Windows (WINE)

WINE allows you to play Windows games. Old and even recent games, 32-bit and 64-bit. Some open-source games are available in the free Batocera content store (from the EmulationStation menu, UPDATES & DOWNLOADSCONTENT DOWNLOADER)

The following links contain info about some games' compatibility with WINE:

It is recommended to use btrfs or ext4 for /userdata/ as WINE explains on their FAQ that some games won't run on a non-Linux native file system. Steam games are notoriously known to be unusable under WINE when using ntfs.

In Batocera v32 and higher there is a bug where WINE cannot run applications/games stored on a NAS. This can be worked around by not using a NAS for your saves folder.

This system scrapes metadata for the “pc” group and loads the windows set from the currently selected theme, if available.

  • Emulator: wine
  • Cores available: wine: lutris, wine: proton
  • Folder: /userdata/roms/windows
  • Accepted ROM formats: .pc, .exe, .wine, .wsquashfs, .wtgz

No Windows emulator in Batocera needs a BIOS file to run.

  • /userdata/roms/windows : installed windows game (both 32 and 64-bit).
  • /userdata/roms/windows_installers : .iso, .msi or setup.exe used to install games into /userdata/roms/windows.

There are 2 types of formats for a Windows game installer:

  • CD-ROM images: An *.iso file created from a game on a CD-ROM
  • Executable Installers: A *.exe or *.msi file, that usually contains “setup” or “install” in the name (in some cases, other files may be bundled with them)

In both cases, those files need to be put into the /userdata/roms/windows_installers folder. Once this is done, refresh the gamelist in EmulationStation, then go into the “Windows” system, select “Install a new game”, and run the installer.

After a screen telling you the configuration is being made, the installer should open up, it'll look the same way it does inside Windows.

Proceed to install the game as you normally would, as for the installation path, leave it to the default: The virtual C:\ Drive will be located at /userdata/roms/windows/<game_name>.wine/drive_c.

Once the installation is done, head over to the /userdata/roms/windows/<game_name>.wine folder, and edit the autorun.cmd accordingly.

The file must use Linux line terminators! Do note use Notepad or other similar Windows-oriented text editors; use Notepad++ or Atom and select Unix (LF) as its line termination format.


DIR=drive_c/Program Files/xmoto 0.6.1
CMD=xmoto.exe --fullscreen

or if you have some spaces in the name of the game

DIR=drive_c/Program Files (x86)/Ubisoft/Rayman Origins
CMD="Rayman Origins.exe"

This .wine folder is called the wineprefix.

If you can't get the path working, try putting ./ before the path. Eg. DIR=./drive_c/Program Files/xmoto 0.6.1

Those games usually come as a game folder containing a *.exe file (or several) as well as other files and subfolders. They may also come as a *.zip file, if that is the case, unzip them first.

For those, there are two easy ways to handle them:

  • The EXE method: Just put the game folder into the /userdata/roms/windows, and refresh the gamelist in EmulationStation
  • The PC folder method (recommended): Rename the game folder as <game name>.pc (eg. Windlands.pc), put it into the /userdata/roms/windows, create a file named autorun.cmd directly into it, edit it so it points to the game executable.


If the *.exe of the game is directly in the .pc folder, and is called Windlands_Win_x64.exe, the autorun.cmd file should contain:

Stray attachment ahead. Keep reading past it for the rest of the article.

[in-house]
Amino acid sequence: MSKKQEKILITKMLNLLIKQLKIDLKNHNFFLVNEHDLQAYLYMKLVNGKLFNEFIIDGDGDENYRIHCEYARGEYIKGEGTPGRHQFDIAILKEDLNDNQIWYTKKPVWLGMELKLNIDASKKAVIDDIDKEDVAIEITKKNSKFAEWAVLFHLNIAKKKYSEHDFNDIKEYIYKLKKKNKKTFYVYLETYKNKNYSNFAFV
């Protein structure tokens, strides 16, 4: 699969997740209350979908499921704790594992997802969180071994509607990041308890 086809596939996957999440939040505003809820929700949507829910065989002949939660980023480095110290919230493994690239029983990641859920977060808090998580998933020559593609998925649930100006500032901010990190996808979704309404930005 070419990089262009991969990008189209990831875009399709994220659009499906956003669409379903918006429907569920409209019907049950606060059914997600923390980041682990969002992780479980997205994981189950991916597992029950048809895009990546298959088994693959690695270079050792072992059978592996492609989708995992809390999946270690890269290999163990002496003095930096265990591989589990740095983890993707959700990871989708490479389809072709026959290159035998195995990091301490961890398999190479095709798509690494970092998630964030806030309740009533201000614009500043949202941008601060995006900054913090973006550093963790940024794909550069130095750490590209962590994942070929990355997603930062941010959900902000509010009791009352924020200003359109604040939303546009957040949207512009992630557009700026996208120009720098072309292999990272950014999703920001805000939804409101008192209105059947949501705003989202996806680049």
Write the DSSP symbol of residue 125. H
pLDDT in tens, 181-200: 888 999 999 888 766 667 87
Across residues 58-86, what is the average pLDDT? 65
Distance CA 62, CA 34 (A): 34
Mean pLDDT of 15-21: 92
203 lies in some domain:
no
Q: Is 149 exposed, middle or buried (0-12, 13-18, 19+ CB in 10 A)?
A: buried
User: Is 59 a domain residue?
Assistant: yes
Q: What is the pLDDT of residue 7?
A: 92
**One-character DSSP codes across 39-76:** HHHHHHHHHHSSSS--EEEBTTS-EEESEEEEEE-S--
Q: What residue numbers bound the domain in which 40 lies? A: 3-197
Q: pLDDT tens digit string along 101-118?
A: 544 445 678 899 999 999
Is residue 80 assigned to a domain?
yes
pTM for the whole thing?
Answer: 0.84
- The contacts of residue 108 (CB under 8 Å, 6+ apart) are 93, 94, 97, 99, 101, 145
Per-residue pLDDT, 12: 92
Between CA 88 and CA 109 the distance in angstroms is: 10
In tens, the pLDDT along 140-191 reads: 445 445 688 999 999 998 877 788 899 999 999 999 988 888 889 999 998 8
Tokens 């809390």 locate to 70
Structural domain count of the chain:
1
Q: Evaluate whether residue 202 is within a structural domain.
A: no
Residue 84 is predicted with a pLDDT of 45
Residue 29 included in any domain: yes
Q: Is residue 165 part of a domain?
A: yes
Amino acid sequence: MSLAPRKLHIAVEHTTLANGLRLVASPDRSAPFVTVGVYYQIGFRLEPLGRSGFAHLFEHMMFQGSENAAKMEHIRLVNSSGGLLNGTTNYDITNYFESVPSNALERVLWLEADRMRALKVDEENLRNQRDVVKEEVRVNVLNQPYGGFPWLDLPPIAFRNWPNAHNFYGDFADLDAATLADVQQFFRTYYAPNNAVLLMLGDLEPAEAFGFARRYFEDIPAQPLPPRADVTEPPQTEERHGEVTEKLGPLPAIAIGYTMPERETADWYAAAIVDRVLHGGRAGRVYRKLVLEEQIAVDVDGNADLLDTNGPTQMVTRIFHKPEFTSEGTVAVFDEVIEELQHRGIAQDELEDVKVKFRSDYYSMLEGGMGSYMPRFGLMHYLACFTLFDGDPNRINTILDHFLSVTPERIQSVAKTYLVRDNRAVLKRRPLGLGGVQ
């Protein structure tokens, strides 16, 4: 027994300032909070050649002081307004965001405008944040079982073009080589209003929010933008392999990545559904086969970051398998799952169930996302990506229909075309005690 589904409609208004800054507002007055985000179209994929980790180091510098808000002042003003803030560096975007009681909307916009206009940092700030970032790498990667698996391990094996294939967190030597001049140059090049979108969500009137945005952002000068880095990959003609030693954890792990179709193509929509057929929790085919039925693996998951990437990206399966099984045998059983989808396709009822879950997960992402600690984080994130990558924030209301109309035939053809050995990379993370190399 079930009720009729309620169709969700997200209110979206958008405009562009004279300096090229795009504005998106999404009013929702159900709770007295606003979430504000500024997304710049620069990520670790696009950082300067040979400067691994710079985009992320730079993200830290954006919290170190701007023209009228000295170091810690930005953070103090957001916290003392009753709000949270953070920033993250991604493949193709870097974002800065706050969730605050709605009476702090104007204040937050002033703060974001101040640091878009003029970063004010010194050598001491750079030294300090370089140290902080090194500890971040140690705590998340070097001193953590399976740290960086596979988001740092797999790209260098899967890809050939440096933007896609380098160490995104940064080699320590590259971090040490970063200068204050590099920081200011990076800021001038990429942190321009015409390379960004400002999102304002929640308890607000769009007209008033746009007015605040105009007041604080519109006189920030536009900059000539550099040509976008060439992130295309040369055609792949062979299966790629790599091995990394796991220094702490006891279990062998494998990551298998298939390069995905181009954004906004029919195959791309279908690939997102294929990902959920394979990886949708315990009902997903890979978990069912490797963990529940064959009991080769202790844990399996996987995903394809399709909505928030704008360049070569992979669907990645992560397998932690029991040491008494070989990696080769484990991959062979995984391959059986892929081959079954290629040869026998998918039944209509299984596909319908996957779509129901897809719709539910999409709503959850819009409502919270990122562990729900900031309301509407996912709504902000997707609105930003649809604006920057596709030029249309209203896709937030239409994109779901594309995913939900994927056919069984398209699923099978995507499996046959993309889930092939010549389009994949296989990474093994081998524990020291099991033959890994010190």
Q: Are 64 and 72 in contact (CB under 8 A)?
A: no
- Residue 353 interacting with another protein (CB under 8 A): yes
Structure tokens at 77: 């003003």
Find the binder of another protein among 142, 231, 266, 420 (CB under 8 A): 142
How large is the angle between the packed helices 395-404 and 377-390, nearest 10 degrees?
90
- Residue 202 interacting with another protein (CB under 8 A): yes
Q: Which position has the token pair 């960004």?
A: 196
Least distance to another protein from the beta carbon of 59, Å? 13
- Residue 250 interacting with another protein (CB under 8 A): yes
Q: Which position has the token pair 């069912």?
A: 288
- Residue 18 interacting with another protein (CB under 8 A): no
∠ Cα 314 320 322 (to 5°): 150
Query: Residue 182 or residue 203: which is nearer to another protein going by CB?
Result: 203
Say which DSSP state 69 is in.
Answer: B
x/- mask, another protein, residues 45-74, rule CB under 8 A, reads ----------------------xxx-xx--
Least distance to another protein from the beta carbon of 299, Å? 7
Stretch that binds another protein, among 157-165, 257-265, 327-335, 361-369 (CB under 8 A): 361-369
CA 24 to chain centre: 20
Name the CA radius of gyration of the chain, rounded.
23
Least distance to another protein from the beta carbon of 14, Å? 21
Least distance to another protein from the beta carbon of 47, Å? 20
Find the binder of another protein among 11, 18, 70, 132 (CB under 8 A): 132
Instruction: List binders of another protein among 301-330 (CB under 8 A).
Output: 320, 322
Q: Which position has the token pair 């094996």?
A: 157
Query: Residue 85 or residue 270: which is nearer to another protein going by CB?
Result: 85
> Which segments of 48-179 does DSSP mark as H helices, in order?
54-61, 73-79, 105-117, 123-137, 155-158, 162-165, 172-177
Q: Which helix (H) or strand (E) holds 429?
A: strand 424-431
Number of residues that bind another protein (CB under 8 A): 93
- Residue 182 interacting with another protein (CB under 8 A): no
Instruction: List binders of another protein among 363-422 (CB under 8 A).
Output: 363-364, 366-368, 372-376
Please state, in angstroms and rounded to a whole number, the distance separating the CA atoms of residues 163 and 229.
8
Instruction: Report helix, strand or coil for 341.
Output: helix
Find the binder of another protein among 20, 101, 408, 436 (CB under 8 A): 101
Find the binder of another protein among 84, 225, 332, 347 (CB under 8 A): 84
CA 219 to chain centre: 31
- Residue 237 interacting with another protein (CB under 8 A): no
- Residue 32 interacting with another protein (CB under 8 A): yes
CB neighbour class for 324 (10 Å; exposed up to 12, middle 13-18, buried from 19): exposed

If the name of the executable contains specials characters or spaces however, be sure to put quotes around it, like so:

CMD="launch game.exe"

If the EXE is instead inside of a subfolder, the DIR command needs to be added first. For example, if the game is at Game name.pc/64bit/bin/folder with space in its name/Game name 64-bit.exe and requires special launch parameters:

DIR=64bit/bin/folder with space in its name
CMD="Game name 64-bit.exe" --fullscreen

The first time you run the game, a .wine folder will be created at /userdata/saves/windows.

This .wine folder is called the wineprefix.

WINE configuration

Standardized features available to all cores of this emulator: windows.videomode, windows.padtokeyboard

ES setting name batocera.conf_key Description ⇒ ES option key_value
DXVK windows.dxvk Converts the DirectX 9/10/11/12 calls to Vulkan. Should only be used on hardware that natively supports Vulkan.
⇒ Off 0, On 1.
DXVK HUD windows.dxvk_hud See your FPS and version of Vulkan API/driver.
⇒ Off 0, On 1.
ESYNC windows.esync Removes wineserver overhead for synchronization objects. Can increase performance for games that stress the CPU.
⇒ Off 0, On 1.
FSYNC windows.fsync Enables stricter scheduling policies to improve frame rates and responsiveness. Can cause issues in certain apps.
⇒ Off 0, On 1.
PBA windows.pba Implements a GL-free GPU heap allocator, vastly improving the speed of buffer maps.
⇒ Off 0, On 1.
FSR windows.fsr AMD FidelityFX Super Resolution uses advanced scaling technologies to boost FPS by rendering the game at a lower resolution and then upscaling it.
⇒ Off 0, On 1.
NVAPI windows.nvapi NVAPI is NVIDIA's core software that allows direct access to NVIDIA GPU.
⇒ Off 0, On 1.
FPS LIMITER windows.fps_limit Sets the FPS limiter to 60. Required by some older titles.
⇒ Off 0, On 1.
MF Installs Media Foundation, require by some apps which use the Microsoft-specific codecs for audio and video to run.
⇒ Off 0, On 1.
VIRTUAL DESKTOP windows.virtual_desktop Define the resolution and a new dedicated window.
⇒ Off 0, On 1.
ENABLE MOUSE windows.force_mouse Show the cursor.
⇒ Off 0, On 1.
ENABLE XIM windows.allow_xim Enable XIM support. (FIXME what's XIM?)
⇒ Off 0, On 1.
NO WRITE WATCH windows.no_write_watch Disable support for memory write watches in ntdll. (FIXME what is this used for?)
⇒ Off 0, On 1.
FORCE LARGE ADDRESS windows.force_large_adress Force WINE to run games with large address. (FIXME what is this used for?)
⇒ Off 0, On 1.
HEAP DELAY FREE windows.heap_delay_free Delay freeing some memory. (FIXME what is this used for?)